By Jack Nolan.
On Sunday, Minister for Foreign Affairs, Trade and Defence, Fine Gael’s Simon Coveney, remarked on the recent election of Liz Truss as Leader of the Conservative Party and British Prime Minister as “an opportunity to try and reset relationships” between Britain, Ireland and the European Union in the wake of the fallout from the posturing over the Northern Protocol. True to form, this hearty, cordial congratulations from Fine Gael’s Deputy Leader is indicative of the passive stance the Government will embrace throughout the Premiership of yet another neoliberal anti-progressive endorsed overwhelmingly by Tory members the length and breadth of Great Britain. A slightly more forensic look (by which I mean one with a hint of research) at the track record of Truss insofar as Ireland is concerned will reveal a character diametrically contrasting to that painted by Coveney and his ilk on the Government benches.
The following point cannot be overstated. Following the fiasco of sleaze, inadequacy, incompetence and ineptitude that was the Johnson administration, Tory members seem prepared to settle for the least worst of his contemporaries, Rishi Sunak and the aforementioned Thatcher lite (sorry, Liz Truss), willing and imbecilic enough to put their head above the parapet and pledge themselves to addressing the cost of living crisis, while also magically meeting the fiscal and economic demands of big business and the privileged few. Liz Truss becoming Prime Minister is a product of ignorance, unconsciousness and general social and political illiteracy among the ranks of the Tory Party, which itself is never a surprise.
This borne in mind, it is actually inconceivable that a logical, rational voice for Toryism (if there even is such a creature) would emerge among the cacophonic lunacy that is the senior rung of the Conservative Party. But Truss is a dangerous breed of inept. Truss’ dogged insolence on the most burning of issues ranging from food and energy poverty during her campaign for the Tory leadership, to her blatant inability to grasp the rudiments of maintaining trade relations as a former Trade and Foreign Secretary, proves how her shortcomings come not merely from a place of uneducation, but of concerted ignorance. However, an area in which she demonstrates this in spades is in her dealings with and regarding the island of Ireland, a region that acts as a lynchpin in one of the most lingering central issues facing the British Government in the last half decade, the fallout of Brexit.
It was only four months ago that Truss was preparing to table a bill to the Johnson Cabinet that would significantly degrade the Protocol, the provision that protects the EU’s single market and prevents a hard land border between the islands of Great Britain and Ireland. Truss fully intended on dismantling a protocol that was negotiated to protect the basic tenets of Anglo-Irish relations ranging from the Common Travel Area to the Good Friday Agreement of 1998. This reckless abandon in dealing with the single legislative thread binding peacebuilding efforts on the island, exemplifies the concerted insolence of Truss in the face of terse Anglo-Irish relations, all for the sake of pandering to the blackmail posed by political unionism and anti-GFA Loyalism.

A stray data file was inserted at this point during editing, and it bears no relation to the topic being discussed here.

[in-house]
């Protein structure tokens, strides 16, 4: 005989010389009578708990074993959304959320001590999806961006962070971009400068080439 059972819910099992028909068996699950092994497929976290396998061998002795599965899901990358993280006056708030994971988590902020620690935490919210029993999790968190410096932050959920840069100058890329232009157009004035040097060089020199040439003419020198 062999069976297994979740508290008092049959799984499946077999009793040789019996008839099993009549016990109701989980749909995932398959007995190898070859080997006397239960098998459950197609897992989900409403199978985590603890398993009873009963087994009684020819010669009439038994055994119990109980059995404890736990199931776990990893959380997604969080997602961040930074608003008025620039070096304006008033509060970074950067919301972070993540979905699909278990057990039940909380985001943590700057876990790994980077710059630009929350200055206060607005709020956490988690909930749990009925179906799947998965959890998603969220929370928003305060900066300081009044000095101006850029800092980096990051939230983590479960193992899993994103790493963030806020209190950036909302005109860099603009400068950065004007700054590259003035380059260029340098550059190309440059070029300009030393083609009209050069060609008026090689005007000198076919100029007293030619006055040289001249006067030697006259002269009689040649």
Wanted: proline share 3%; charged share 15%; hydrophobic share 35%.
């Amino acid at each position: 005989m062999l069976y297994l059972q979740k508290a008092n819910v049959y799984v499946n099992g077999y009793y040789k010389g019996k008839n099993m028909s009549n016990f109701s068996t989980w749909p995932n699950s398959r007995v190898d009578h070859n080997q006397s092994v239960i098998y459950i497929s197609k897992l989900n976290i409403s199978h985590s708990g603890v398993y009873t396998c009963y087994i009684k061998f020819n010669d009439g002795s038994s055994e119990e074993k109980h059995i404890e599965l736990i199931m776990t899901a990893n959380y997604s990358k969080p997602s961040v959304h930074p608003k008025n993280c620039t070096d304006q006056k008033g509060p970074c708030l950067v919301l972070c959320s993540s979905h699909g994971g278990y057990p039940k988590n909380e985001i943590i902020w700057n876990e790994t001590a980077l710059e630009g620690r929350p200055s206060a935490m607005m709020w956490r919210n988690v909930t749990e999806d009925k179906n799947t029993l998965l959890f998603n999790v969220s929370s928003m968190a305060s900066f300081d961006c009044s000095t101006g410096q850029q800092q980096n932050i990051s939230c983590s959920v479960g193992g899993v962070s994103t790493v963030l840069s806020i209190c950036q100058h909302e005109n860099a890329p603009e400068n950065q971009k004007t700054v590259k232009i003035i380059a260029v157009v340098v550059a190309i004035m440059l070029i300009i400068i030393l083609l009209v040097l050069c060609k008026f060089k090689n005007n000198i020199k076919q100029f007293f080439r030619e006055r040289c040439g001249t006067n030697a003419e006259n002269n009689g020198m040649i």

Throughout her campaign however, her attitude shifted, when gainful, in regards to the Protocol. Truss was less critical of the Protocol on the campaign trail, clearly in an attempt to attract “moderates” within the Tory ranks, and to whitewash her poor track record on it as Trade Secretary. This would be all well and good, and ostensibly positive if it wasn’t a porous mesh of empty promises. In hustings in Belfast, she reaffirmed her commitment to the bill she sought to table in May, while pledging only to “fix” the protocol. This ambiguity and ambivalence is a cause for concern insofar as future Anglo-Irish trade relations are concerned, and in considering the fragility of peace in the North following the Protocol crisis.
This was exacerbated by her appointment of hardline Brexiteer MP Chris Heaton-Harris as her Secretary of State for the North. The fact that Truss would actively endorse and support the work of a right-wing, nationalistic Eurosceptic as the foremost figure in one of the most volatile offices in the aftermath of the UK’s departure from the EU speaks volumes to the vehement apathy she displays towards the island of Ireland not merely from a political landscape, but from a social landscape.
If her apathetic ignorance is so strong while being faced with the prospect of an Ireland, and Ulster more specifically, in socio-political turmoil and jeopardy, I, for one, dread the fallout of her Premiership not merely for the island of Ireland, but for our neighbours almost tenfold in size across the pond, that will be forced to contend with her being the foremost authority in guiding the legislative trajectory of what is, a divided kingdom.